A new approach to information gathering could allow scientists to quickly identify the most effective way to manage a disease outbreak, an advance that could save lives. Developed by an international team of researchers led by Penn State scientists using insights from the 2014 Ebola outbreak, the method pinpoints critical pieces of missing information required to improve management decisions during an outbreak.
To help tackle the complexities of infectious disease dynamics, Penn State has developed an interdisciplinary approach to disease research, bringing together a diverse team of theoreticians and empirical scientists — representing such disparate fields as molecular biology, mathematics, plant pathology, entomology, genomics, statistics, physics, population dynamics and more — under a single umbrella. Now entering its 13th year in existence, Penn State's Center for Infectious Disease Dynamics has become a global leader in infectious disease research.
A special Grand Rounds, “An Ebola Survivor's Story: From Provider to Patient,” will be held at noon Thursday, Oct. 1, in the Junker Auditorium on the Penn State College of Medicine campus in Hershey, Pennsylvania.
Ebola ranked dead last on most hospitals’ lists of “things to worry about” in early 2014. Now, Penn State Hershey Medical Center has been named one of 50 planned Ebola treatment centers in the nation. Learn how the designation has helped the hospital prepare for a range of public health emergencies.
Penn State Hershey is one of only four hospitals in Pennsylvania that is prepared to provide comprehensive care to patients with a suspected or confirmed Ebola diagnosis.
An Australia nurse who cared for Ebola patients in Liberia is taking the Penn State MOOC “Epidemics — the Dynamics of Infectious Disease."
Officials continue to acknowledge that the risk of contracting the Ebola virus across the Commonwealth is extremely low, and are steadfast in educating and updating our community. As part of ongoing efforts to inform and assure community members of their health and wellness, the FAQ section of Penn State’s website dedicated to Ebola is being constantly updated.
Beginning Nov. 17, air travelers to the United States whose trip starts in Mali also will be required to enter the U.S. through one of the five airports (New York’s JFK, Newark, Dulles, Atlanta and Chicago) that have enhanced screening in place for the Ebola virus.
Travelers coming from Guinea, Liberia and Sierra Leone will receive a CARE (Check And Report Ebola) kit when they arrive in the United States, beginning Oct. 27, according to the Centers for Disease Control and Prevention.
Penn State officials have prepared a website to provide the University community with information about Ebola, answer frequently asked questions and provide links to additional resources and guidelines. The site is available at http://sites.psu.edu/ebolainfo, and will be kept up-to-date with the latest information as the situation continues to evolve. You can also keep up with the latest information on Penn State News, at http://news.psu.edu/tag/Ebola.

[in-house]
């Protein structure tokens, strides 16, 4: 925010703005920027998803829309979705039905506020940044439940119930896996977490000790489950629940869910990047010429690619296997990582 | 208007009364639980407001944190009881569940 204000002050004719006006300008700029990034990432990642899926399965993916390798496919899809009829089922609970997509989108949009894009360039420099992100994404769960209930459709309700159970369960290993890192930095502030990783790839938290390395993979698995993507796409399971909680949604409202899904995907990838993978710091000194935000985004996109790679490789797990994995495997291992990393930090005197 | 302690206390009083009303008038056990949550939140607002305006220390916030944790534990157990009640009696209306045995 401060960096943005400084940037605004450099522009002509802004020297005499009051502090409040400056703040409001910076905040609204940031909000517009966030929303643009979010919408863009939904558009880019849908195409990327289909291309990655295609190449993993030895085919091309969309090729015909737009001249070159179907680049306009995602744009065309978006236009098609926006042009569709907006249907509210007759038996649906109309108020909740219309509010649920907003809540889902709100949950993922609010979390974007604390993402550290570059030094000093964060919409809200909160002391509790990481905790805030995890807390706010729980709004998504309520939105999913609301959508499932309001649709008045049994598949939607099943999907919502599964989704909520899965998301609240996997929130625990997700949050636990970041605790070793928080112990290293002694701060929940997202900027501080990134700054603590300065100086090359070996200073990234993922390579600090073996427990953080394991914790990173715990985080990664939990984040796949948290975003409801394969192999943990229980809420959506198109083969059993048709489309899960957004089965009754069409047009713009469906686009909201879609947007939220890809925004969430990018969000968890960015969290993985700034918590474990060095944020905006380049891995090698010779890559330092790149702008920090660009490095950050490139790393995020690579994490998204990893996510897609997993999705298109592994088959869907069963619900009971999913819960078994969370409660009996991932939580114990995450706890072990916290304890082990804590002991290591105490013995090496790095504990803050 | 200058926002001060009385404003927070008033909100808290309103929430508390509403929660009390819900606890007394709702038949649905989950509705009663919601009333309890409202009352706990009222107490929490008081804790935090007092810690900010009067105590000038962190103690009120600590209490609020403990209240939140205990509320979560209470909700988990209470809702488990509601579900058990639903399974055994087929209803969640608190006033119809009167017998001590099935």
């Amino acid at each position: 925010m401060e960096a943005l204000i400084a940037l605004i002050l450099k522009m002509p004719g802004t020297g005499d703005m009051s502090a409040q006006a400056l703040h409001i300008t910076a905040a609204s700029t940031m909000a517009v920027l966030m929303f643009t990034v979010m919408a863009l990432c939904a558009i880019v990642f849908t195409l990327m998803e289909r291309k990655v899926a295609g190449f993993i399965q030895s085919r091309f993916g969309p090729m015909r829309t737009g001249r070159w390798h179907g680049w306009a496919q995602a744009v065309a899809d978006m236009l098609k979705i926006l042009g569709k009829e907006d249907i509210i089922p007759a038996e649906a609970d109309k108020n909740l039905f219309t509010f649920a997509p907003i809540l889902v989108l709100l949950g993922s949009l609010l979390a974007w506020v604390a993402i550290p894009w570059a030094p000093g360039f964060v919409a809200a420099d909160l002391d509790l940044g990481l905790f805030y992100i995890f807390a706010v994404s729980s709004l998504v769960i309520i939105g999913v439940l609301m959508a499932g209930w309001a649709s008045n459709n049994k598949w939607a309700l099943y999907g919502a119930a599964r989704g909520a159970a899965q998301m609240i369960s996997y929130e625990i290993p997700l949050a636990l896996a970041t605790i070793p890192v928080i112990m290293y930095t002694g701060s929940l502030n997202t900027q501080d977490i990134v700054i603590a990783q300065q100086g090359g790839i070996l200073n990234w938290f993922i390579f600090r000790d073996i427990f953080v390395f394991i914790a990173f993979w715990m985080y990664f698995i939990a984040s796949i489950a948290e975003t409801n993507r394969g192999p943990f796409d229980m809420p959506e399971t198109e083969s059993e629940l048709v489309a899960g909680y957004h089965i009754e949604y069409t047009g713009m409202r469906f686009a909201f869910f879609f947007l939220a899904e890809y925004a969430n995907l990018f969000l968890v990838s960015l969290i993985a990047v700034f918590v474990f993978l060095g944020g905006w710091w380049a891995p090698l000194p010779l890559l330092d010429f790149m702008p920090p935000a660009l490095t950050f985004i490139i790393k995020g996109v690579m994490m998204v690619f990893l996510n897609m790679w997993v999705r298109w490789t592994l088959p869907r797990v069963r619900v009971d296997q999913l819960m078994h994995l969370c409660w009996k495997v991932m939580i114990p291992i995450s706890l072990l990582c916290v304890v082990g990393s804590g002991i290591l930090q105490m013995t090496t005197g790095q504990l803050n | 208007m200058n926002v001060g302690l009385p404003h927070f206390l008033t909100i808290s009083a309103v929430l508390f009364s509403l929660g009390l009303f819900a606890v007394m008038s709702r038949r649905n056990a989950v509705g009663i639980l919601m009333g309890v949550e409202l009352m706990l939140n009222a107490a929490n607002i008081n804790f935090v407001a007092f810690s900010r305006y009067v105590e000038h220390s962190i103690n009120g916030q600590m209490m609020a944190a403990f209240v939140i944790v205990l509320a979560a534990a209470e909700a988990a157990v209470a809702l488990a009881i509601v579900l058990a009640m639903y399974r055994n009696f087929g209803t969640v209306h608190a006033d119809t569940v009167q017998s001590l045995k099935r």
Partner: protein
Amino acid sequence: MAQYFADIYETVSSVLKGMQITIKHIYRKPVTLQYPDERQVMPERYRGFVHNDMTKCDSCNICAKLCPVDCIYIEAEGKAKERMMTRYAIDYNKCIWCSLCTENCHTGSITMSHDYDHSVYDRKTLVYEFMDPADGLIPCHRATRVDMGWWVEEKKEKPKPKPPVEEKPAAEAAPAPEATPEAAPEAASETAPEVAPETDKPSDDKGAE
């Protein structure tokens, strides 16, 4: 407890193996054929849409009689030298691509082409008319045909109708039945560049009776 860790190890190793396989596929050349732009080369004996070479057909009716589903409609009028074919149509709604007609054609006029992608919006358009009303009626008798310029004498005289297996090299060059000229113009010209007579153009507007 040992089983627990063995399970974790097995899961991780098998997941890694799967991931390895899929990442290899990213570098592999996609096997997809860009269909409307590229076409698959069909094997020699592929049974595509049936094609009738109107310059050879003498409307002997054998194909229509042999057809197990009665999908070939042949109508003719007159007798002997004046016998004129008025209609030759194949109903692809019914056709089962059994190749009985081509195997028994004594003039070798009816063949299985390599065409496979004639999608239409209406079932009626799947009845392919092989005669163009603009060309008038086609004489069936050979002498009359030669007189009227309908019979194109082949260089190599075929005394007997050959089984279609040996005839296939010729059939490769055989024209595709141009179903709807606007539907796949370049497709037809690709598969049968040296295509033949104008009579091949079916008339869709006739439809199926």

As the Ebola virus situation continues to evolve in parts of the United States, Penn State health professionals and administrators are closely following all recommendations from the Centers for Disease Control and Prevention (CDC) and the Pennsylvania Department of Health. Ebola continues to pose little risk to the general population in the U.S. and Penn State officials are carefully monitoring the situation.
As a precautionary measure, Penn State has implemented a temporary moratorium on University travel to countries at risk of Ebola spread as identified by the U.S. State Department and the Centers for Disease Control.
On the next installment of WPSU-TV’s "Conversations LIVE," disease experts Andrew F. Read and Dr. Jose A. Stoute will discuss the return of preventable diseases, the rise in drug resistant super-bugs and the evolution of new contagious outbreaks. Read and Stoute will join veteran host Patty Satalia for the discussion.
As a general practice, Penn State's University Health Services (UHS) continuously monitors all infectious diseases, regardless of where the infected person may have been diagnosed. While the Ebola virus poses little risk to the U.S. general population, it has been mentioned frequently in the news and has raised questions about travel to and from various regions of the world.
As an international university, Penn State officials in August identified and contacted about 80 individuals from across the institution who before the start of the academic year had been to regions with suspected Ebola outbreaks. The individuals received follow-up screenings from University medical professionals. None of the individuals have contracted the virus and there is no threat to the campus community.
The 2014 Ebola outbreak in West Africa has underscored the importance of the education and training that people need to respond to global health crises. An online master’s degree and graduate certificate from Penn State can help prepare people for those kinds of jobs.